"I'm not stopping until I get food in every box in Canada," said Shelly Broader, according to recent article in The Globe and Mail. Broader is a former grocery executive and the current CEO of Wal-Mart's Canada division.

Ten years ago the only place to shop for groceries was the grocery store. Today, people can shop for food at retailers like Walgreen, Target (NYSE:TGT), CVS, and Wal-Mart (NYSE:WMT). You can purchase everything from fresh produce to frozen meats and maybe even sushi, depending on the retailer and market.

On Feb. 4, Wal-Mart announced that it would be investing close to $500 million in Canada. The expansion is to include 35 new super-centers with full supermarkets. $91 million will be used for distribution network projects to growfresh food capability in Canada .

So, why is Wal-Mart investing in food margins? I'll give you five reasons:

  1. Food is a consumable; once it's consumed customers must come back for more. Bill Dreher, a retail analyst with Deutsche Bank, told the New York Times that people shop for food an average of 2.5 times a week compared to once a month for drug stores.
  2. Same store sales are down in Canada, but grocery sales are up. On the third quarter earnings call, the CEO noted that while comparable sales decreased by 1.3% in Canada, the company "had strong comp sales in food and consumables."
  3. Food products are resilient in difficult economic times. According to the US Bureau of Economic Analysis, food consumption went up during the Great Recession as families ate in more than out.
  4. Food and consumables represented 43% of total Canada sales in the first three months of 2013, up from 41.7% in 2011deleted Wal-Mart. In the U.S., food represents roughly 55% of revenues so there's certainly room for growth in the Canadian market.
  5. The "Great Value" private label is a great value. These products give Wal-Mart the ability to sell products cheaper and at a higher margin.

The effect of Canada's pricing wars
Canada may seem like an odd choice for additional capital investment at this time, especially for greater penetration into the grocery market. The last two years have been marked by increased competition which has sparked a wave of price wars.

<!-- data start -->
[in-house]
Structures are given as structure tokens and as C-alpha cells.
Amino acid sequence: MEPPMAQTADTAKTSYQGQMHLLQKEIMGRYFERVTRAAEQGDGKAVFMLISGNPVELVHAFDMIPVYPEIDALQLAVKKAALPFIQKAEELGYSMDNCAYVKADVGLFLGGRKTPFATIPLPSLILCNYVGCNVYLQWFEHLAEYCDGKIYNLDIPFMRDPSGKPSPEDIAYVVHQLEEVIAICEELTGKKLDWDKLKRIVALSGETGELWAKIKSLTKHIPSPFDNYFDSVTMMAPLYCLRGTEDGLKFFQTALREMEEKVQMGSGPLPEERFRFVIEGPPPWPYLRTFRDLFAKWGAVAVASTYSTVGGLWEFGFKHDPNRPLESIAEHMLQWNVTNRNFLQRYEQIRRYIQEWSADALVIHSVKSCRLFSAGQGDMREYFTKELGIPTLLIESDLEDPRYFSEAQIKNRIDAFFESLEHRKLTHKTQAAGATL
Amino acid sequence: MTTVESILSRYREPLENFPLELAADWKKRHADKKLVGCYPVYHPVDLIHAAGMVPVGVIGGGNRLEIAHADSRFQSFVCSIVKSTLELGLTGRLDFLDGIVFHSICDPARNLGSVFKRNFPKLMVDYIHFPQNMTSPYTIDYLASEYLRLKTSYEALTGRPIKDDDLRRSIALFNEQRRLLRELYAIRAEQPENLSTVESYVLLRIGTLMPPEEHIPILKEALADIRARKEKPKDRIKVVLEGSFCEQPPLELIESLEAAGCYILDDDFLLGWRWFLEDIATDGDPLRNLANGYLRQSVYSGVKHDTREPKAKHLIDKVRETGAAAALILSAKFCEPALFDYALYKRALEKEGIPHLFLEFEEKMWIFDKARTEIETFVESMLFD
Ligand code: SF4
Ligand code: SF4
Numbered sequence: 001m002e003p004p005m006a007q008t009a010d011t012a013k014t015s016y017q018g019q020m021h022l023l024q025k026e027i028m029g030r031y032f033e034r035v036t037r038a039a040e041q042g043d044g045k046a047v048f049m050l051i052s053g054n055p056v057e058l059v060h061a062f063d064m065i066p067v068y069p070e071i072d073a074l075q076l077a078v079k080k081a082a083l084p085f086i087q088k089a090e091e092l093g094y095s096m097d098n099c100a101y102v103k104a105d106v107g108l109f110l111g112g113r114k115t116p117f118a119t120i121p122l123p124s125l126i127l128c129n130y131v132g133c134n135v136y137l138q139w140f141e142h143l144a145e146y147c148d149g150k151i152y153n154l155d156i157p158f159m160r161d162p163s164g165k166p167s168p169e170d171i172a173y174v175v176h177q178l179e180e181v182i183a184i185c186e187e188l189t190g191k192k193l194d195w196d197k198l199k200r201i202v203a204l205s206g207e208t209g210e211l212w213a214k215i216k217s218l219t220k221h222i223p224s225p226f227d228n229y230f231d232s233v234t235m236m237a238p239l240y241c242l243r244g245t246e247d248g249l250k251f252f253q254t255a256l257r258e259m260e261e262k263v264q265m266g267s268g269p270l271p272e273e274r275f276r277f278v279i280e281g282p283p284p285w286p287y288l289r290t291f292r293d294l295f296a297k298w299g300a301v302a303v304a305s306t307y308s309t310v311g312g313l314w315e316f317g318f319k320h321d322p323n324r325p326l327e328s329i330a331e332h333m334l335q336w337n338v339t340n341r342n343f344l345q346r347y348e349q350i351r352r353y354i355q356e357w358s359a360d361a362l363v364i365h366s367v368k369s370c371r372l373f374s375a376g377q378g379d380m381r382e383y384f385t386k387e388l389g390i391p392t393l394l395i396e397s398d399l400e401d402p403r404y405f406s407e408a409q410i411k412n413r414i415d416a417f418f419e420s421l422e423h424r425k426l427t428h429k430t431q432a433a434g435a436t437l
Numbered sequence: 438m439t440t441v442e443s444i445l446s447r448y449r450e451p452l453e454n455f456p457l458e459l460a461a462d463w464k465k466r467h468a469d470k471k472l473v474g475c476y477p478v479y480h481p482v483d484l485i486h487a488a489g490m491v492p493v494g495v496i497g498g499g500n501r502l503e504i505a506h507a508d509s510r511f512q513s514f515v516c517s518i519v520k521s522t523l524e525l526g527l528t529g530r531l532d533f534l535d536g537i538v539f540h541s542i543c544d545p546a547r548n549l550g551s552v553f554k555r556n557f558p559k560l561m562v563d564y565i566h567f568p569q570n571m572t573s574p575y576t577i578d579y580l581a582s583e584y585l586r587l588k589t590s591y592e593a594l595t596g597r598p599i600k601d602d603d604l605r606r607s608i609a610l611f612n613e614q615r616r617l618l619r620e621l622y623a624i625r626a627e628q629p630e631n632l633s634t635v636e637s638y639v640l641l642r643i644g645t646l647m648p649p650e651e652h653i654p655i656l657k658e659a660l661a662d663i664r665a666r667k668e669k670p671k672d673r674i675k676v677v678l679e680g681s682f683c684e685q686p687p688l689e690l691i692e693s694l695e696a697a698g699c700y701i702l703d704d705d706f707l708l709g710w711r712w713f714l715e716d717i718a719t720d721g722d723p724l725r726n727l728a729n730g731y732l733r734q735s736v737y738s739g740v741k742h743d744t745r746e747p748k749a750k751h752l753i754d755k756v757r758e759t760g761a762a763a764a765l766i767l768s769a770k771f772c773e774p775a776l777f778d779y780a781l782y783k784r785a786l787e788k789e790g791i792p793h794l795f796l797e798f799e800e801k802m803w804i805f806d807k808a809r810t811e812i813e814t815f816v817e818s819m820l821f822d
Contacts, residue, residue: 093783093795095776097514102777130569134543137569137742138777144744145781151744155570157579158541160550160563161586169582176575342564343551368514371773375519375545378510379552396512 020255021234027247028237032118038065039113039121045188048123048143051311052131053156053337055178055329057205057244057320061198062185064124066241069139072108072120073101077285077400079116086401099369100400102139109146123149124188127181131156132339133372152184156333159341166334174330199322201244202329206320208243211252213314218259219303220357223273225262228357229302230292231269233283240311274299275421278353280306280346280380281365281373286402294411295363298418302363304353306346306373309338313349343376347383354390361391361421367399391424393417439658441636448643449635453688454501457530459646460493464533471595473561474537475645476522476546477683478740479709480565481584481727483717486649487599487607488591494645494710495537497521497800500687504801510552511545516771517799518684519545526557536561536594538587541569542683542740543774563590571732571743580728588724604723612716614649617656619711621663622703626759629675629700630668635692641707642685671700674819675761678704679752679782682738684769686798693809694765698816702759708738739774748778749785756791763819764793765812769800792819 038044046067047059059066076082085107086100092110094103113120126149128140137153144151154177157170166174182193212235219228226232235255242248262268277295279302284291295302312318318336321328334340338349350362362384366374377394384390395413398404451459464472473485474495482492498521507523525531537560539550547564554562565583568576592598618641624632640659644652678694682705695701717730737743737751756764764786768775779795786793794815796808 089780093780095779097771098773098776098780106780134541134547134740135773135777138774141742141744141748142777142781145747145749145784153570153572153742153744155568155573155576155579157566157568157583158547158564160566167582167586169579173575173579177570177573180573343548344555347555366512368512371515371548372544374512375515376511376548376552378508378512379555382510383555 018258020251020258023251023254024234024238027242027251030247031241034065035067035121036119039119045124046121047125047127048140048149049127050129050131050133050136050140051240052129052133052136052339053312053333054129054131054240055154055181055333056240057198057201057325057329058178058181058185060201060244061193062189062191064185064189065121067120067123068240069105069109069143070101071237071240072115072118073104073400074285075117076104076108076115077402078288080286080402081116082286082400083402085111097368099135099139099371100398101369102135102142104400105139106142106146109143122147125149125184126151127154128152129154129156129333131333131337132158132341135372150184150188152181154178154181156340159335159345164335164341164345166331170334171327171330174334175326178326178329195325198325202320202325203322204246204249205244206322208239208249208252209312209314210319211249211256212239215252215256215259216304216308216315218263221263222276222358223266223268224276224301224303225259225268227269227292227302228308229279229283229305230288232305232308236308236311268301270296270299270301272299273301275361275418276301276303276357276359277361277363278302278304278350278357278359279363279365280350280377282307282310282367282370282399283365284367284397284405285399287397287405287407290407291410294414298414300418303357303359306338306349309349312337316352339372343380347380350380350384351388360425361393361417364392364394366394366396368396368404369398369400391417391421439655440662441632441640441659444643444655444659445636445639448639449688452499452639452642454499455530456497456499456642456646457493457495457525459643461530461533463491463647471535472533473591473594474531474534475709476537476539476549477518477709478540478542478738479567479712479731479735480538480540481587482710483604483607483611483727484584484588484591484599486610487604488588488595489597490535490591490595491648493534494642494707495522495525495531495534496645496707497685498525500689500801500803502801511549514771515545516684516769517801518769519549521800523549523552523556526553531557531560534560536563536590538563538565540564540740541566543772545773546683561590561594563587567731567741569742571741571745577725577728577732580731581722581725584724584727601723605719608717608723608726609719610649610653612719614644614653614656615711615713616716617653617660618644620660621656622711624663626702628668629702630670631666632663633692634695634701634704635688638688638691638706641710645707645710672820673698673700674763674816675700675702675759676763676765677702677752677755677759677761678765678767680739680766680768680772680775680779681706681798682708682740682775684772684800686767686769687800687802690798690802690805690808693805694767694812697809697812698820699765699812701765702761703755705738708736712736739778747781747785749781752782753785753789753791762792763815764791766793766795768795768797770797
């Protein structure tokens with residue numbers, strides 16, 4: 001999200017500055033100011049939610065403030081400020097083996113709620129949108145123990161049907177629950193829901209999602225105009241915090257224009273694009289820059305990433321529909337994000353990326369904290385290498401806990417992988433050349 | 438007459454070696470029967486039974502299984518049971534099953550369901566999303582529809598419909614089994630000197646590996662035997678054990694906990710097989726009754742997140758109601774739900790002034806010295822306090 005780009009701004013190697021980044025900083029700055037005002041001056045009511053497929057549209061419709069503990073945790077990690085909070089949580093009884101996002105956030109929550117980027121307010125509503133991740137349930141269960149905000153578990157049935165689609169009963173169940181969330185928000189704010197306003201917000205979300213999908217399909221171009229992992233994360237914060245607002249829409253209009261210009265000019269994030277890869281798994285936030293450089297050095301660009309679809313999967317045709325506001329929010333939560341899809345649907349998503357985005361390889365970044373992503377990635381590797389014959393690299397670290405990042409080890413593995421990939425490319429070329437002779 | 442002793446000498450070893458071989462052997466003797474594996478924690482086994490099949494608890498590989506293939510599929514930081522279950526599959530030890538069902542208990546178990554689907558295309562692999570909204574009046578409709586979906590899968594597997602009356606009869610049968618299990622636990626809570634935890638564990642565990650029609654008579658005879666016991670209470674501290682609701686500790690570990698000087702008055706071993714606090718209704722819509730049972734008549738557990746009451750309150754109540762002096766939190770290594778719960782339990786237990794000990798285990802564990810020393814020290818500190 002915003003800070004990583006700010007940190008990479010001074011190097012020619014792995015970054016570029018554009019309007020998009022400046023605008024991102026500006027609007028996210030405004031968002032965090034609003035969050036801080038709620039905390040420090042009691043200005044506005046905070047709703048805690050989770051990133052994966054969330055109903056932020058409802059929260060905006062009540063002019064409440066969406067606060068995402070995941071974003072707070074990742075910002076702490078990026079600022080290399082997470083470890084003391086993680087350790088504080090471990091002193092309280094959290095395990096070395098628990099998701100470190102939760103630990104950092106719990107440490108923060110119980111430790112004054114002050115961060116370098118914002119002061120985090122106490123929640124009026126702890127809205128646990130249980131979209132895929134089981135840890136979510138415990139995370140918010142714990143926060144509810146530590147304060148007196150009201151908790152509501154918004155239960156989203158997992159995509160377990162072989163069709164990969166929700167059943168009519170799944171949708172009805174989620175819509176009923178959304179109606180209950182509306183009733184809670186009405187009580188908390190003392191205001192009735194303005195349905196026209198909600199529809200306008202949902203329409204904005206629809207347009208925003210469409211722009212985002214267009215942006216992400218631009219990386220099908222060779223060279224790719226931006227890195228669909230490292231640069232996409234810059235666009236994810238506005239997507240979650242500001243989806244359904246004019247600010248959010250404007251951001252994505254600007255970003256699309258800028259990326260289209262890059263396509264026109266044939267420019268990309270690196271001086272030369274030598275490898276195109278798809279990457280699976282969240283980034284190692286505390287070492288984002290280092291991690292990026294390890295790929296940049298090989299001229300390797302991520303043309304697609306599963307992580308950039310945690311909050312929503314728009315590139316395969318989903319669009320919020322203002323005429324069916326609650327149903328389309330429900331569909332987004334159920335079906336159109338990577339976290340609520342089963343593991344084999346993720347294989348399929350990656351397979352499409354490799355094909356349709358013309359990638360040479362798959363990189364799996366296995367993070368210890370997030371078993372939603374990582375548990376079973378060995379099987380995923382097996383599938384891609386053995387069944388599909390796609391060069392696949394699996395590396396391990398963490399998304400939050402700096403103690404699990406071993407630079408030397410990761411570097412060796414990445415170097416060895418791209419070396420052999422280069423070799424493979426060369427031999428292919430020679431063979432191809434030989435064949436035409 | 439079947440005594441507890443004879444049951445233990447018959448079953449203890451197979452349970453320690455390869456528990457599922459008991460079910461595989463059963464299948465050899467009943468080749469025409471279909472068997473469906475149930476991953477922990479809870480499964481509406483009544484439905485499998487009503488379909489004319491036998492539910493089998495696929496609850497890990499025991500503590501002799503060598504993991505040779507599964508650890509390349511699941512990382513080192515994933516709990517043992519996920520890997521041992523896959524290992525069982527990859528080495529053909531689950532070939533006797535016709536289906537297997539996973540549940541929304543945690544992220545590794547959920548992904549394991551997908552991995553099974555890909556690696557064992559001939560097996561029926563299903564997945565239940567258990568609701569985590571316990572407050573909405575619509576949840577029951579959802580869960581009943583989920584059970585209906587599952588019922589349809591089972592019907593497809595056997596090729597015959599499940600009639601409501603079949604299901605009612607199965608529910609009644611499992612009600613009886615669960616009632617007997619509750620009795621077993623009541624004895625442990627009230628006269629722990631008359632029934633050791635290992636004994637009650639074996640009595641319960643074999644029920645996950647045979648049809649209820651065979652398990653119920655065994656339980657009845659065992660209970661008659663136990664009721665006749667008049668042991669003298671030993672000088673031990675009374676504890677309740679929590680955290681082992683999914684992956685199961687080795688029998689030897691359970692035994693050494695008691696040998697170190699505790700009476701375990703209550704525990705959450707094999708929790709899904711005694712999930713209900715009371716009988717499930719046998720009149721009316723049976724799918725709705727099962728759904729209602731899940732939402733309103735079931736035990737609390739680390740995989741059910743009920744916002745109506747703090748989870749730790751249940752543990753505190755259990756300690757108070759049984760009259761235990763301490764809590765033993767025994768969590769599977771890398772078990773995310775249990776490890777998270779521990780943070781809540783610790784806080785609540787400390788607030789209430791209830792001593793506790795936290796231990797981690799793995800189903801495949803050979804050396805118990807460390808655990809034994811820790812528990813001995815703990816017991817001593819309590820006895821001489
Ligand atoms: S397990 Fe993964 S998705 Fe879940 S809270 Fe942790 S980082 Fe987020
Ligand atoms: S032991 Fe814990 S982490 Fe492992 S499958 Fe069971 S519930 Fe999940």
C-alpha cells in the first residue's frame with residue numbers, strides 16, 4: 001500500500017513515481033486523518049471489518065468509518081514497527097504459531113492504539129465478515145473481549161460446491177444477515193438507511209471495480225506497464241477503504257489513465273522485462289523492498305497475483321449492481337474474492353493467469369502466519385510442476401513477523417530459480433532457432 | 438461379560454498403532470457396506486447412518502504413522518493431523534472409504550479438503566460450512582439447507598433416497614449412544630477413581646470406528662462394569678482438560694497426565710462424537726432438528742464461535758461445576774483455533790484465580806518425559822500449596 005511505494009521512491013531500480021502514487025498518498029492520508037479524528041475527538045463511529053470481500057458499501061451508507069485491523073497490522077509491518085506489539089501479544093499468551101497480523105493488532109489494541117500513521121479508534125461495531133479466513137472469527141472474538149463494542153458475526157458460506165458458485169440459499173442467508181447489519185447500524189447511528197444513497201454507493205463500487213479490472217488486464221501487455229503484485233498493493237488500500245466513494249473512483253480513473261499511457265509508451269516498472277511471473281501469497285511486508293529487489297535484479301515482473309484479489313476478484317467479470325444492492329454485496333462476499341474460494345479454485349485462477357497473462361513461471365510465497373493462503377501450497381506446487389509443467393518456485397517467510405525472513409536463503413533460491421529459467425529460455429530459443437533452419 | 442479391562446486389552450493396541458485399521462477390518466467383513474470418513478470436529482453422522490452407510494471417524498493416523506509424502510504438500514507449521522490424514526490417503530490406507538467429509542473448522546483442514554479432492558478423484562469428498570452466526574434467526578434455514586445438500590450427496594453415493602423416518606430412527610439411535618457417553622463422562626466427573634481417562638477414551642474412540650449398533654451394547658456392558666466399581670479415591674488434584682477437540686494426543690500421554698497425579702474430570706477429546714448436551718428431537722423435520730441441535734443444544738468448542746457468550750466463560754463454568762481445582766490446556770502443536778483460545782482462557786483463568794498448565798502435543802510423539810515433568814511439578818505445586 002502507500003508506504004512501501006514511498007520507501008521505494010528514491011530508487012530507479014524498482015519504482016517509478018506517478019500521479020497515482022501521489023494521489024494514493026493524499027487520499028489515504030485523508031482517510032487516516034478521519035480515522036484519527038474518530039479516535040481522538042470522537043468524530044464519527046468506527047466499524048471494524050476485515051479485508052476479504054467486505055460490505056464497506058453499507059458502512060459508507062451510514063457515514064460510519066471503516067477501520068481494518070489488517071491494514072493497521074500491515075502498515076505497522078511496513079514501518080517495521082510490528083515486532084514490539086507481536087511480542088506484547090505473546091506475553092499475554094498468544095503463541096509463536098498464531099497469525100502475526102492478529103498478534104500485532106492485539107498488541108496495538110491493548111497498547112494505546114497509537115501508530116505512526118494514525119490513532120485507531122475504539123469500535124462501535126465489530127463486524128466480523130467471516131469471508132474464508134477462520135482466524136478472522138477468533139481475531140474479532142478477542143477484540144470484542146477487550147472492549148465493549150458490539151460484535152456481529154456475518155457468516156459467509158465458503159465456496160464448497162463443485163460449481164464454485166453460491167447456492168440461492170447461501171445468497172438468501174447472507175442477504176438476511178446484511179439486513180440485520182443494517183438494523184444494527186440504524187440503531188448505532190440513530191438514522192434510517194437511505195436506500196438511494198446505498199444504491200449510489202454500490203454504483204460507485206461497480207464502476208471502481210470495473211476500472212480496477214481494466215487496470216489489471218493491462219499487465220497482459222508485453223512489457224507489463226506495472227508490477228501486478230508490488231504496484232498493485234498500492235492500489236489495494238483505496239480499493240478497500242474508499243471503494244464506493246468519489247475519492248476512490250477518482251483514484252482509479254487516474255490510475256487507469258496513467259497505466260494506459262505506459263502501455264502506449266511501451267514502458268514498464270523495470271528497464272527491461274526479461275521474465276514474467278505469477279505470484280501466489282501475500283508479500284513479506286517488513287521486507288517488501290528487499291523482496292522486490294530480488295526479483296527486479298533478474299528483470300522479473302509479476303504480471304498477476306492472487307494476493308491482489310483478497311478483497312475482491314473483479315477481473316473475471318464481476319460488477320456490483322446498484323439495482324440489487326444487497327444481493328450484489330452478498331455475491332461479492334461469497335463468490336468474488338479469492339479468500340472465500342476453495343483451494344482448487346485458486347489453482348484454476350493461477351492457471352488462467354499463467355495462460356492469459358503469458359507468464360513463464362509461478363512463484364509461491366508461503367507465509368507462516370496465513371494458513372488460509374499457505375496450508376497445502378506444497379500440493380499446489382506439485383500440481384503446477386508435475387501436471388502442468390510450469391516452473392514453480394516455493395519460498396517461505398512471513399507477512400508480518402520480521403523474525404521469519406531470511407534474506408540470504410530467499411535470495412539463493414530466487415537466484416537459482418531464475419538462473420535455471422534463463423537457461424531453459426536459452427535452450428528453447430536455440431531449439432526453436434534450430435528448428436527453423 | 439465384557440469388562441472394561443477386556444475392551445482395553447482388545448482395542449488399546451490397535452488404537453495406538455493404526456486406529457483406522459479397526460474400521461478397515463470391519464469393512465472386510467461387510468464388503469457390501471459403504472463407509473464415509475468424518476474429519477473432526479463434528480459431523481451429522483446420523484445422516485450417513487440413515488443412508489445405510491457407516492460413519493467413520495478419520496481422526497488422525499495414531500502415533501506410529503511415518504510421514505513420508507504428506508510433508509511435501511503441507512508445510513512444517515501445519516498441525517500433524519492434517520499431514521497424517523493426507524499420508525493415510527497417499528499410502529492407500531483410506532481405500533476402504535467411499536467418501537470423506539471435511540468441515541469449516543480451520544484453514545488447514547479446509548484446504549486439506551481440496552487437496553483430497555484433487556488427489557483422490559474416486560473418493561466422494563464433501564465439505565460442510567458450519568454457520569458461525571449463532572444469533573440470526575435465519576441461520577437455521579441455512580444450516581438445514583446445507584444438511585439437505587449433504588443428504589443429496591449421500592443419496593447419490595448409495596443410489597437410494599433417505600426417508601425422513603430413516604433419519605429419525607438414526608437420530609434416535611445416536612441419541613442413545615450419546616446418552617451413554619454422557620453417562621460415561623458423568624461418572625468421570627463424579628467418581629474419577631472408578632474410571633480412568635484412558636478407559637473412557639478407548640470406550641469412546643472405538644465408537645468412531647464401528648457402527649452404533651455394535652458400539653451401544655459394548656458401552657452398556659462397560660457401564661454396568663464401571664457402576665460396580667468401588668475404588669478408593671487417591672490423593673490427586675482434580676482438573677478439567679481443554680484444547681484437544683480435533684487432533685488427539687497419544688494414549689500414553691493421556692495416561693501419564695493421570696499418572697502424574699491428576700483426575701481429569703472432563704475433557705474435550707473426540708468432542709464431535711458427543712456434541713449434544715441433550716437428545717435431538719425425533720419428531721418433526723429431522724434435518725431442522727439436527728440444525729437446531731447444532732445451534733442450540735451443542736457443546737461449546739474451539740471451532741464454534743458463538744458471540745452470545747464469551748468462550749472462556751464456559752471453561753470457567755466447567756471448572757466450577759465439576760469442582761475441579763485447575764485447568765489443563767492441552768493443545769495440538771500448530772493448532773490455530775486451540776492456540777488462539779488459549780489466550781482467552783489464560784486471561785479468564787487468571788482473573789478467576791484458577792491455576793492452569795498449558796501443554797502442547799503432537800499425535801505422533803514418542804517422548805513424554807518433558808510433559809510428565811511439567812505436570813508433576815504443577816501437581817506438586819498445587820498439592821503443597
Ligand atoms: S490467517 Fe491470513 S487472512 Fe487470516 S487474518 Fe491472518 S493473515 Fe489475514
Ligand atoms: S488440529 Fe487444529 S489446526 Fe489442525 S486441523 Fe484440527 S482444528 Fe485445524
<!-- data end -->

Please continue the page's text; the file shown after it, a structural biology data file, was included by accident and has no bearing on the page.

Kenneth Wong teaches marketing at Queen's University in Kingston, Ontario. "Every time a major U.S. retailer moves in, especially in the discount space, it sends shock waves through the system and we see Canadian retailers cutting prices in anticipation of a defensive move," said Wong, as quoted in a recent Bloomberg article; "With Wal-Mart protecting what they have and Target coming in you're going to see the major Canadian chains embark on an even more aggressive price war." It's called "investing in margins" and it's a temporary strategy for a long-term pay-off. The question is, how long can Canada's stores withstand this attack?

Loblaw is a supermarket based in Canada. It is a division of Loblaw Companies Limited (NASDAQOTH:LBLCF), Canada's largest food distributor. While revenue was up 2.3% to $7.64 billion in the fourth quarter, which was better than expected, net income fell 8.6%, down from $139 million last year to $127 million this year. There's only one reason for an increase in sales followed by a decrease in margins-heavy discounts.

Pricing wars were too much for Big Lots (NYSE:BIG) which announced plans to exit the Canadian market in the third quarter. After only two years in the market the company said, "... we have not been able to gain the necessary traction in the Canadian marketplace that had originally been anticipated." The cost of Big Lots' "investment in margin" is expected to be over $50 million.

Fiscal 2014 will be Target's first full year operating in Canada -- the company has a total of 124 stores. According to Target's third quarter 10Q, Canada has been showing signs of difficulty and margins have taken a hit from "efforts to clear excess inventory following lower than anticipated year-to-year sales and supply chain start-up challenges." Canadian operations diluted earnings by $0.29 in the third quarter and $0.40 a share in the fourth quarter. In the most recent earnings announcement Target had the following to say about Canadian operations:

Our initial sales and profits in Canada have not met our initial expectations. Improving our sales in Canada is contingent on our ability to deploy new marketing programs that positively differentiate us from other retailers in Canada, and achieve market acceptance by Canadian guests.

It may not be long before Target exits Canada as well, which is exactly what Wal-Mart wants.

So what?
It's no secret that Wal-Mart is facing some headwinds with declining same store sales, reduced spending due to cuts in food stamps, and difficulty in Brazil, China. and Mexico. Canada may be able to provide some relief for the retailer, however. As the competition among discount retailers and grocery chains grows in Canada, prices are dropping and Wal-Mart stands to benefit from the fallout. The company's stated strategy is "investing in margin," and unlike Target it's the foundation of the company's business model.

Wal-Mart isn't worried about pricing wars, as it creates pricing wars. The company plays a waiting game like a vulture for companies like Loblaw to fall, then swoops in and takes market share. The ability to compete based on price is Wal-Mart's economic moat and food is the perfect "gateway" product to lure customers in the door. 

B Bryant has no position in any stocks mentioned. The Motley Fool has no position in any of the stocks mentioned. Try any of our Foolish newsletter services free for 30 days. We Fools may not all hold the same opinions, but we all believe that considering a diverse range of insights makes us better investors. The Motley Fool has a disclosure policy.